Scottish independence: Scotland and EU membership
A third European foreign minister has told the BBC an independent Scotland would have to apply for EU membership.
Latvia's Edgars Rinkevics said Scotland would be considered a "new country".
The Baltic state is due to take over the EU presidency shortly after the Scottish independence referendum, in autumn 2014.
SNP ministers say they would seek to negotiate continued membership in the event of a "Yes" vote, without the need for a formal application.
The comments by Mr Rinkevics came after similar remarks by foreign ministers for the Czech Republic and Ireland.
The Latvian foreign minister also raised the possibility that the rest of the UK might not automatically inherit the UK's membership of the EU.
He said the European Commission was "considering" that question and that a "solid legal opinion" was needed.
The UK government has said it was "confident" that independence for Scotland would create one new state rather than two.
The BBC asked all 27 EU member states and Croatia, which joins in July, to comment on how Scottish independence would be handled by EU countries.
Latvia has become the fifth country, including the UK, to suggest Scotland would need to apply for membership of the EU.
Mr Rinkevics, said: "If Scotland clears independence, it is a new country. The procedure of admitting a new member to the EU would have to be followed.
"All the chapters of negotiations have to be opened, duly negotiated and then closed."
He added: "Member states as well as EU institutions currently have more questions than answers on many items.
"But my belief is that, come Scottish independence, we will have to have accession talks with Scotland as a country that applies for membership, rather than have some kind of different formula in this case."
Mr Rinkevics would not speculate on how long the process might take, except to say that an application by Scotland should be a "bit quicker" than that of Iceland or Croatia, because Scotland is already in the EU.
Ms Creighton also said it may be possible to complete the entry process by the Scottish government's target date for independence in March 2016.
In October 2012, Spain's foreign minister, Jose Manuel Garcia-Margallo, said that "Scotland would have to join the queue and ask to be admitted" to the EU.
The Spanish foreign ministry suggested that this remark was still valid.
Three countries - Estonia, Hungary and Slovakia - indicated a need for clarification.
The Estonian foreign ministry said: "We need a binding legal opinion", including on whether or not the rest of the UK might need to apply for membership.
The Hungarian ambassador in London, János Csák acknowledged: "There are different opinions on whether Scotland would inherit membership or refile accession papers.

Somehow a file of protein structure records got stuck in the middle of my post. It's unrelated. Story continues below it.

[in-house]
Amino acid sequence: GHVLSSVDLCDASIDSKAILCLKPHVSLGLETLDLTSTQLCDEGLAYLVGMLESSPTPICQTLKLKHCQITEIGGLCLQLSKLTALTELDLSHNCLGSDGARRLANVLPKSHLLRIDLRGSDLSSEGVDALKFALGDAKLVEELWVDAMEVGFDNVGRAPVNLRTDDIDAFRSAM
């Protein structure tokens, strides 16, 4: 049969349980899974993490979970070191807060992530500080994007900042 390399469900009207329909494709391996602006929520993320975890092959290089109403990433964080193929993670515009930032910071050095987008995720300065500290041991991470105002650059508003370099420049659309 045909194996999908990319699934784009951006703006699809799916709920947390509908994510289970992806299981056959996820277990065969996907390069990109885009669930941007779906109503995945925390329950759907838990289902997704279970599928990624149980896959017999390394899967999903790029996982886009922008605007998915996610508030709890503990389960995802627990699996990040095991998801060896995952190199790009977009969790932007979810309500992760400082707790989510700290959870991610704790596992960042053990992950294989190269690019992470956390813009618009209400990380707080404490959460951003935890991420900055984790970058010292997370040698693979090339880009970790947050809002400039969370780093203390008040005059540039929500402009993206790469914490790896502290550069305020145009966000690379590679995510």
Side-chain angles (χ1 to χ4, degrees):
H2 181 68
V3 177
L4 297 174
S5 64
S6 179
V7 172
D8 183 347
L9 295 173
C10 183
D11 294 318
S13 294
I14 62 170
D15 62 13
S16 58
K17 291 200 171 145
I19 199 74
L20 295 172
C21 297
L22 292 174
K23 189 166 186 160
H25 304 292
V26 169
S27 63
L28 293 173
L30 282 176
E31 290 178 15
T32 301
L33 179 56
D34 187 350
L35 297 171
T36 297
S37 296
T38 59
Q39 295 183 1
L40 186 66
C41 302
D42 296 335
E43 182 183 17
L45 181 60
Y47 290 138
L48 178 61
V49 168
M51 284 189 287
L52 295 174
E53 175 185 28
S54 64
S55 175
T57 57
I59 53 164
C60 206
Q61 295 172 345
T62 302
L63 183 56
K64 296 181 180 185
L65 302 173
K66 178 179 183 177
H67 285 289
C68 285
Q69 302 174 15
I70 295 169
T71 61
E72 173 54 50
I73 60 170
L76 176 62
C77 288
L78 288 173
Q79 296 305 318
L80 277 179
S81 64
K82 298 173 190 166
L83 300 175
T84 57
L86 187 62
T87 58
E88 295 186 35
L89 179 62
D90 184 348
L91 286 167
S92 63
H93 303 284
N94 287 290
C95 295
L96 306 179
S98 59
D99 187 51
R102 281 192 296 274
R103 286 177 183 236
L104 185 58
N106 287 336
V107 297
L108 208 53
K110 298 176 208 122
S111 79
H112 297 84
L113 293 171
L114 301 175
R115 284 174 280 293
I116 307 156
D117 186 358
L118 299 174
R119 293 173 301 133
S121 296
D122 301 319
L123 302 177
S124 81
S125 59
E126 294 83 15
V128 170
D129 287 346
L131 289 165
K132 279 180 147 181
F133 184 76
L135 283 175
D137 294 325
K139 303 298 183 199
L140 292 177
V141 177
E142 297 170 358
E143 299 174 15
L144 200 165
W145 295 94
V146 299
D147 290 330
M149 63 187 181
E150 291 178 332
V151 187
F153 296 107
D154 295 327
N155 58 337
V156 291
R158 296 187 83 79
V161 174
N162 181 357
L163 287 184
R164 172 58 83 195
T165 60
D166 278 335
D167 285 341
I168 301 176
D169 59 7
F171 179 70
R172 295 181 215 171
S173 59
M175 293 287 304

"We should wait for Brussels. EU institutions should come up with an understanding of what should happen.".
Slovakia's foreign minister, Miroslav Lajcak, had previously said: "There is no clear answer to this. In the end, it is a political decision made by all the member states."
In response to the BBC survey, half the countries - 14 - said they either did not have a position or did not want to express a view at this stage.
A spokesman for the German government said: "We consider the debate on Scottish independence as a domestic affair and therefore don't comment on it."
Poland said it would, "respect the outcome of any arrangement that would be applied", following the referendum in autumn 2014.
The remaining six countries failed to respond or said they were unable to comment at this point.
In 2007, Scotland's deputy first minister, Nicola Sturgeon, told a Scottish Parliament committee that an independent Scotland's membership of the EU would be "automatic".
In a speech in Brussels on Tuesday, the SNP minister said the Scottish government would seek to negotiate continued membership.
Ms Sturgeon said: "On issues like the Euro, Schengen (free area of movement within Europe) and the rebate, our aim would be to retain the prevailing terms.
"The most powerful case for Scotland's continued membership is not based on law or process - but on common sense, reality and mutual self-interest."
A Scottish government spokesman, added: "The Latvian foreign minister said the European Commission legal service is currently looking at both Scotland and the rest of the UK's position in the EU following a "Yes" vote in 2014.
"We consider that it is possible to prepare and publish a 'precise scenario' that will provide the European Commission with the information it needs to consider an independent Scotland's continued EU membership, and we continue to call on the UK government - as existing member state - to join with us in making such a submission."
A spokesman for the UK foreign office said: "In the event of independence, the UK is confident that the remaining UK would be recognised as the continuator state and could continue to exercise the UK's existing international rights and obligations at international organisations such as the EU, NATO and the UN.